This retreat combines the two main elements of the Buddha’s model of liberation: cultivating the meditative absorptions (jhānas), which lead to calm and clarity, and insight into the dependent co-origination (paticca-samuppada) of phenomena. As part of our understanding of how these two teachings inform each other, we will look at selected texts from the Pali suttas, including the famous Satipaṭṭhāna Sutta, to highlight both the practice of concentration and insight into dependent co-origination. This course is limited to those who have completed at least two one-week silent vipassana retreats.
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Jhanas, Satipatthana and Dependent Origination
Dates: Jul 28, 2017 - Aug 09, 2017
Days: Friday - Wednesday
Number of Nights: 12 nights
Instructor(s): Jay Michaelson, Mary Aubry
About the Instructor(s):
Rabbi Dr. Jay Michaelson has taught meditation for twenty years in Buddhist, Jewish, and secular contexts. He is an editor at Ten Percent Happier and a columnist for The Daily Beast whose ten books include Evolving Dharma: Meditation, Buddhism, and the Next Generation of Enlightenment. Jay holds a PhD in Jewish Thought, a JD from Yale Law School, and nondenominational rabbinic ordination, and was a member of the BCBS Board of Directors for six years.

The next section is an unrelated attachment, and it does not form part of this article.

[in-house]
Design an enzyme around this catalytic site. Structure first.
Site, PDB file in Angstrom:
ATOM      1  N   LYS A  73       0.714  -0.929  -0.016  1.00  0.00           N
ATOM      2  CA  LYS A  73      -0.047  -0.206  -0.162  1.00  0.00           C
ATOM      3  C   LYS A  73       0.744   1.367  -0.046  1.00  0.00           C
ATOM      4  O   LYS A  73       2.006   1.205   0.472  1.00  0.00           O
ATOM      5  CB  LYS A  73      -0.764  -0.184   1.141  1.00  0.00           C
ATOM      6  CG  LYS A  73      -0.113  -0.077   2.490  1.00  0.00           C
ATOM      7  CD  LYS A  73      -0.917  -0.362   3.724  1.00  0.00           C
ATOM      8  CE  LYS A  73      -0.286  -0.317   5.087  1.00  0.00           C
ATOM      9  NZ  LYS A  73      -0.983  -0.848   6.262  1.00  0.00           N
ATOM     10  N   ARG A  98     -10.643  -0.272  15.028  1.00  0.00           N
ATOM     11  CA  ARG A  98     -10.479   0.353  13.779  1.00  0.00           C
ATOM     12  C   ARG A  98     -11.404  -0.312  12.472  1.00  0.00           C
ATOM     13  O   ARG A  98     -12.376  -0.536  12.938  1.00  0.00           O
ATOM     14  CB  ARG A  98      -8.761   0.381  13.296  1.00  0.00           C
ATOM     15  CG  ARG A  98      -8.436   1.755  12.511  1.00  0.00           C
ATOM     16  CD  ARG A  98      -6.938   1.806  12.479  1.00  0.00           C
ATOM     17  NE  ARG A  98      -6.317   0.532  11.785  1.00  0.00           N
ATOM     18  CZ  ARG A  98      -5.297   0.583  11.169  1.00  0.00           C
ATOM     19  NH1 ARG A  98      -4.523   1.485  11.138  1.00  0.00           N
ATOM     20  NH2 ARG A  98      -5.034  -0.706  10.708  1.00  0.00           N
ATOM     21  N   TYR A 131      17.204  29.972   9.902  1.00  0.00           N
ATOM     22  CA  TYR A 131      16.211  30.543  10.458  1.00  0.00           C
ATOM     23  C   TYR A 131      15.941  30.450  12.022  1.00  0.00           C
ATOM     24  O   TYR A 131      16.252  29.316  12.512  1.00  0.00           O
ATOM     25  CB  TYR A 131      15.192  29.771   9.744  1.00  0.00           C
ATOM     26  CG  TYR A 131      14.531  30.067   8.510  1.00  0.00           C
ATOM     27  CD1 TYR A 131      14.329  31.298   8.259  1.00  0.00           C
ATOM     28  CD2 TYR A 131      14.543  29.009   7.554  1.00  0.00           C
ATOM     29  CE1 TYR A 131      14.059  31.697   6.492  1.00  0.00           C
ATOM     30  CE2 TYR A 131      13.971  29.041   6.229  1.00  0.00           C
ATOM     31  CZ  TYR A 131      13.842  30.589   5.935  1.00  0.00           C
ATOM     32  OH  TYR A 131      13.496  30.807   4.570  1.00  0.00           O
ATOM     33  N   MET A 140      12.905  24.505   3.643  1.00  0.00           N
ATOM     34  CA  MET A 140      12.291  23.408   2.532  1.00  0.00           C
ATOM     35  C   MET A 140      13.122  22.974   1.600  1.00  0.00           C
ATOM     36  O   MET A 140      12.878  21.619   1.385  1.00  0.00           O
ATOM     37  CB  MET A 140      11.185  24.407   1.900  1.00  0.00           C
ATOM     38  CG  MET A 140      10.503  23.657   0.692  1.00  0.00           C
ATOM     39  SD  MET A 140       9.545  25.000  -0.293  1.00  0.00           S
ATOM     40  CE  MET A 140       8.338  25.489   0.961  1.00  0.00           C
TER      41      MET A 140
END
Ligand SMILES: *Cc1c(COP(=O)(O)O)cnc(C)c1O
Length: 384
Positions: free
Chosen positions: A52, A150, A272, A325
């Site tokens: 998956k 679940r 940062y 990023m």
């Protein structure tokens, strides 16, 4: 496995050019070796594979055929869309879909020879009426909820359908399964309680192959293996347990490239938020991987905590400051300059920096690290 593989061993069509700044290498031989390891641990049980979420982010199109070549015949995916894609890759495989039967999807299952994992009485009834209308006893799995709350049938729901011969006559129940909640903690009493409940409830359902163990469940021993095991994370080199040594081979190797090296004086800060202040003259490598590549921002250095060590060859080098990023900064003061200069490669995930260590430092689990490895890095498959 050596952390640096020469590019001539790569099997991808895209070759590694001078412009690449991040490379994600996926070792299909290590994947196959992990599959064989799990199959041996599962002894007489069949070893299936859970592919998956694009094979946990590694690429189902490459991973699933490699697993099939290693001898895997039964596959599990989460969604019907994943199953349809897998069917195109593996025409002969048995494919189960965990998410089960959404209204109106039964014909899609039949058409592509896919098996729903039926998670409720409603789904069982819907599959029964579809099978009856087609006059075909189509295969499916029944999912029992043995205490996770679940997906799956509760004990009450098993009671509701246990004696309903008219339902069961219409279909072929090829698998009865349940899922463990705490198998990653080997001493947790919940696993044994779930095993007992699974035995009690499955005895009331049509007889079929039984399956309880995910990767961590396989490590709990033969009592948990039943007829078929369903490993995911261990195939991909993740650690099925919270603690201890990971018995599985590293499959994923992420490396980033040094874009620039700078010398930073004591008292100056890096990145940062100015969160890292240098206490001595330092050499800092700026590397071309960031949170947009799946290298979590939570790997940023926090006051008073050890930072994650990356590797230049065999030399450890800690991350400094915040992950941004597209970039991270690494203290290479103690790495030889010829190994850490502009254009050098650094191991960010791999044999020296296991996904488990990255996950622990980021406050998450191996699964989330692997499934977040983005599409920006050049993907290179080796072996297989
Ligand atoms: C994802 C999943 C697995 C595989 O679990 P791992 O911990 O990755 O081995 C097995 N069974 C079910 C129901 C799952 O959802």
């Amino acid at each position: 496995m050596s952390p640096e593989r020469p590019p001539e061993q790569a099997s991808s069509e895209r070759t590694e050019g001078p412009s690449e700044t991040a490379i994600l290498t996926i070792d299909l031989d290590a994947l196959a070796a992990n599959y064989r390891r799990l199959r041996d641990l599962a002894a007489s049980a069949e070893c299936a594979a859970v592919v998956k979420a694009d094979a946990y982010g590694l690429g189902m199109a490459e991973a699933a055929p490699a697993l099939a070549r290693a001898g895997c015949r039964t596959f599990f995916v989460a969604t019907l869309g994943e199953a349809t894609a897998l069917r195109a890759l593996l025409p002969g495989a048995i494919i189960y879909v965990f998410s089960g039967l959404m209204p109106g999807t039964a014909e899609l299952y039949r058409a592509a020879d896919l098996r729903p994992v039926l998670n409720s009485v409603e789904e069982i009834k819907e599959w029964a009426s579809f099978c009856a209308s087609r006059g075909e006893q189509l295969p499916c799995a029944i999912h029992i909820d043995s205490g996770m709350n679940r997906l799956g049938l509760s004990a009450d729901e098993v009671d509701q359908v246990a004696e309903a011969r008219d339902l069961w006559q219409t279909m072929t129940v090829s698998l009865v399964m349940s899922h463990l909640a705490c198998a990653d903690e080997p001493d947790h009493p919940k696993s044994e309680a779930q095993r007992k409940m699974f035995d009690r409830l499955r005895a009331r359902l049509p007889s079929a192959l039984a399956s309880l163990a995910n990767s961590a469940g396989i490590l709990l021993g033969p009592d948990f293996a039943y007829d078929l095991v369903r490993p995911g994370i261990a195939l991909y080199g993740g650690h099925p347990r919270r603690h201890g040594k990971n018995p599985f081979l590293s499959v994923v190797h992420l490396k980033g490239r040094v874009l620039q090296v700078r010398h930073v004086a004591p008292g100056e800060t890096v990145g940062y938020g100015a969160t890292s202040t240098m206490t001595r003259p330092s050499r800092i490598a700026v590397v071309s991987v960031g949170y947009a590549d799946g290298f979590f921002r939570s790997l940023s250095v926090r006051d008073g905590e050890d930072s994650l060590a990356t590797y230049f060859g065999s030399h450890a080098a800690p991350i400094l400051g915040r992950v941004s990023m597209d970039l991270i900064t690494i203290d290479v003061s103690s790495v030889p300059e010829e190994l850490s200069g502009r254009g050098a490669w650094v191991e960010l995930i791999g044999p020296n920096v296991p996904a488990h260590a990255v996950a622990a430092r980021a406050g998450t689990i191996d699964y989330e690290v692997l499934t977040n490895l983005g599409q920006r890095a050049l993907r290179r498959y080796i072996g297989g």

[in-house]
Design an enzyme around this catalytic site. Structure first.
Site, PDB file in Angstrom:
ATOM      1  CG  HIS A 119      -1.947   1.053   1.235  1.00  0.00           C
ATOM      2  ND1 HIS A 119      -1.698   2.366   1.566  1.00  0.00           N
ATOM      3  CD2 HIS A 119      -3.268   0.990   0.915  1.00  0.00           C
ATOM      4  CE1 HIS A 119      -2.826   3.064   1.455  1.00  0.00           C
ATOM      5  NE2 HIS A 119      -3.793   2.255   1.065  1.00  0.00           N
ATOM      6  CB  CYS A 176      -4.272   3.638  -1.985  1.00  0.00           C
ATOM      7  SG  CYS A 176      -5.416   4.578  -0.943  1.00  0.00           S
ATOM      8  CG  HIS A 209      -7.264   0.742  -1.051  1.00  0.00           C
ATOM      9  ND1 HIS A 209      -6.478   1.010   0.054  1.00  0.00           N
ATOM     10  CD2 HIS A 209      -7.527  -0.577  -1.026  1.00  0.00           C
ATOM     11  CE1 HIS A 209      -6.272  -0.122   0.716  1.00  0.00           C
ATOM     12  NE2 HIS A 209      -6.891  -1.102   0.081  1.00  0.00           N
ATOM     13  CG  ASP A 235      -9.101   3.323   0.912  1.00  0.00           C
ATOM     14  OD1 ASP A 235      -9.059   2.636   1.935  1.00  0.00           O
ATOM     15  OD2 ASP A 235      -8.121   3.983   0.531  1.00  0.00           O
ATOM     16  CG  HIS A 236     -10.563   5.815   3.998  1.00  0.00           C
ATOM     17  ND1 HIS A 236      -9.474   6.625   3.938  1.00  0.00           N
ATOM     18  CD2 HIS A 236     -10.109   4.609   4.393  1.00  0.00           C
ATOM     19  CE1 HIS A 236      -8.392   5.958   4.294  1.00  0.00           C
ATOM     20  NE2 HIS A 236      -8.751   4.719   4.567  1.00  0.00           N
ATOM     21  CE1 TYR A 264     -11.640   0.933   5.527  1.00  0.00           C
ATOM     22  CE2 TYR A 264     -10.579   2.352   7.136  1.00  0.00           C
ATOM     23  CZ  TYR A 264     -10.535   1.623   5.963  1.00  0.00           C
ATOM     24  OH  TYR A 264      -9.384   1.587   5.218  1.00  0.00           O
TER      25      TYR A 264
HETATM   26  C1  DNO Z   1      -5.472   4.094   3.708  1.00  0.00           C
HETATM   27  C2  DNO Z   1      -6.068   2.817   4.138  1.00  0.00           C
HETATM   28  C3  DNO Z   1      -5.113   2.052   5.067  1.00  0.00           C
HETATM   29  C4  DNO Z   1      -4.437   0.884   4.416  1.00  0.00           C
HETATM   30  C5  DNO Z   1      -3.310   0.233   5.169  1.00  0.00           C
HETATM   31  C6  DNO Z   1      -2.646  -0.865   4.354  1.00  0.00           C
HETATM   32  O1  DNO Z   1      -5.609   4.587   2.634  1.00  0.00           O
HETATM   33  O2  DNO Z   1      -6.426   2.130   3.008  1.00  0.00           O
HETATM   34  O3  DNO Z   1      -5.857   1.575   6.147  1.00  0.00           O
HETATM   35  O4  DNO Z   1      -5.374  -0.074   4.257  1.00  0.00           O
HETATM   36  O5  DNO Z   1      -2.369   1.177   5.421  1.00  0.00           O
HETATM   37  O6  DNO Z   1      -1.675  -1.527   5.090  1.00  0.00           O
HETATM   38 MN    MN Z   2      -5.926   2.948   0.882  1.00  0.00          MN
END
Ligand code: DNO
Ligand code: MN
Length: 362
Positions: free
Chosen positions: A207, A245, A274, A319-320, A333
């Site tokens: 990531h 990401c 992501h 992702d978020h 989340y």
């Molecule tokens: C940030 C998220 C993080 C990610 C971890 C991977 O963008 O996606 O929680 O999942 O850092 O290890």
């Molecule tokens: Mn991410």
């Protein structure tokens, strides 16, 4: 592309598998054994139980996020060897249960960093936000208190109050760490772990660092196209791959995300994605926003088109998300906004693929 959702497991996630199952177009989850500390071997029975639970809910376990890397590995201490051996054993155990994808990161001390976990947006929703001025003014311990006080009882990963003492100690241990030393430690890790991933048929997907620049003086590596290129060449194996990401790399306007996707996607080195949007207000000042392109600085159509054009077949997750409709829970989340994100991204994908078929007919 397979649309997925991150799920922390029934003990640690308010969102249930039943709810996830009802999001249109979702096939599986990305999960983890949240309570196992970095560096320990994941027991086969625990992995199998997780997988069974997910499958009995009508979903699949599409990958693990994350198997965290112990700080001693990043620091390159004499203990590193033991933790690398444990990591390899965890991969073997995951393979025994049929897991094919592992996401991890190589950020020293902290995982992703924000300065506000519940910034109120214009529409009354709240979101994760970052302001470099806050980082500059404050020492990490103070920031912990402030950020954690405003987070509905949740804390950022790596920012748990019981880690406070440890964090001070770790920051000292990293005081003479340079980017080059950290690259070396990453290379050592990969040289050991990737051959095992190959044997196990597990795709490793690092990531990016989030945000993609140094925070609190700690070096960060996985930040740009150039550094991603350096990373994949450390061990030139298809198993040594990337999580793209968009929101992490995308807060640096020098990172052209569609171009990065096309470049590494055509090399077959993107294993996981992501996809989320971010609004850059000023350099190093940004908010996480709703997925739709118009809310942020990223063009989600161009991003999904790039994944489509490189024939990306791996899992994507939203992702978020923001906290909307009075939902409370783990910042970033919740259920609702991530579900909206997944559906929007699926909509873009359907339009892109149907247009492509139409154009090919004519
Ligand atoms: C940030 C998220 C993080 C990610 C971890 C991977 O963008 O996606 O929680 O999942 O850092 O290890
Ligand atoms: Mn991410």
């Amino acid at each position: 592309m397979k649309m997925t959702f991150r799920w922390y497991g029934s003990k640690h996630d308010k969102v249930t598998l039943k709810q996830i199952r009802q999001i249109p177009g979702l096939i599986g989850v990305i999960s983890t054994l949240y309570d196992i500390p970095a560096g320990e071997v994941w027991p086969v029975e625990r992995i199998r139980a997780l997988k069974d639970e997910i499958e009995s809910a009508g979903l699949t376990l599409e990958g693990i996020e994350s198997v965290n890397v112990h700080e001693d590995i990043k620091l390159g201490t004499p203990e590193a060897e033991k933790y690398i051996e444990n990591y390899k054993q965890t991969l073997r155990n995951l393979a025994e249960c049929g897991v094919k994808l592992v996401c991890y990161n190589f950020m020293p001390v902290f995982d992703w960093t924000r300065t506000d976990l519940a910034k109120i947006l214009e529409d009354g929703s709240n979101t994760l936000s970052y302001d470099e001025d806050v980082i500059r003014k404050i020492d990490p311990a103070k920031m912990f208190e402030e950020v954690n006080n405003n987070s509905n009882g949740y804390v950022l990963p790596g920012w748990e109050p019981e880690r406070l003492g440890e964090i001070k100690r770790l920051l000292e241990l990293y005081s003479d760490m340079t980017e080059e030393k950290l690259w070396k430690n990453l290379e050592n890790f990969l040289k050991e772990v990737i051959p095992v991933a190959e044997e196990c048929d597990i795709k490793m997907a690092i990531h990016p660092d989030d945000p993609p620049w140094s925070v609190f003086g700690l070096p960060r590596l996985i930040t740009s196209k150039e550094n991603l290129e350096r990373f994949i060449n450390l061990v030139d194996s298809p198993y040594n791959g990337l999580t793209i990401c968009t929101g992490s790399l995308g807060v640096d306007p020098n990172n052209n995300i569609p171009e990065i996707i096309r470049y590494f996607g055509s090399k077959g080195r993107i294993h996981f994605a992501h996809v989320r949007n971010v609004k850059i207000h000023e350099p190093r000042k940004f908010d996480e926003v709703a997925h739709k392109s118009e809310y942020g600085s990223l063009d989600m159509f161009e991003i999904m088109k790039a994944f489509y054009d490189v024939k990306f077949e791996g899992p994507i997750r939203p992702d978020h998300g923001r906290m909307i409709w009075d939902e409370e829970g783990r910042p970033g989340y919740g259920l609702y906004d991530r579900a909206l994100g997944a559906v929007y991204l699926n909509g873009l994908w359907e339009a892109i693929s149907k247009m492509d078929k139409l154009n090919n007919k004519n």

Mary Aubry leads meditation retreats on insight, the jhānas, abiding in emptiness, and the brahmavihārās. In addition, she has taught for programs that support mindfully meeting aging, illness, and dying, as well as training meditation companions for the aging, ill, and dying and those who love and care for them. Mary also offers meditative support to parents of deceased children, having lost her son to cancer in 2015. Additionally, Mary is one of the facilitating teachers for Bhikkhu Anālayo’s online Satipaṭṭhāna course offered by the Barre Center for Buddhist Studies. Prior to becoming a full-time meditation teacher, Mary worked as a lawyer at the U.S. Justice Department for 24 years.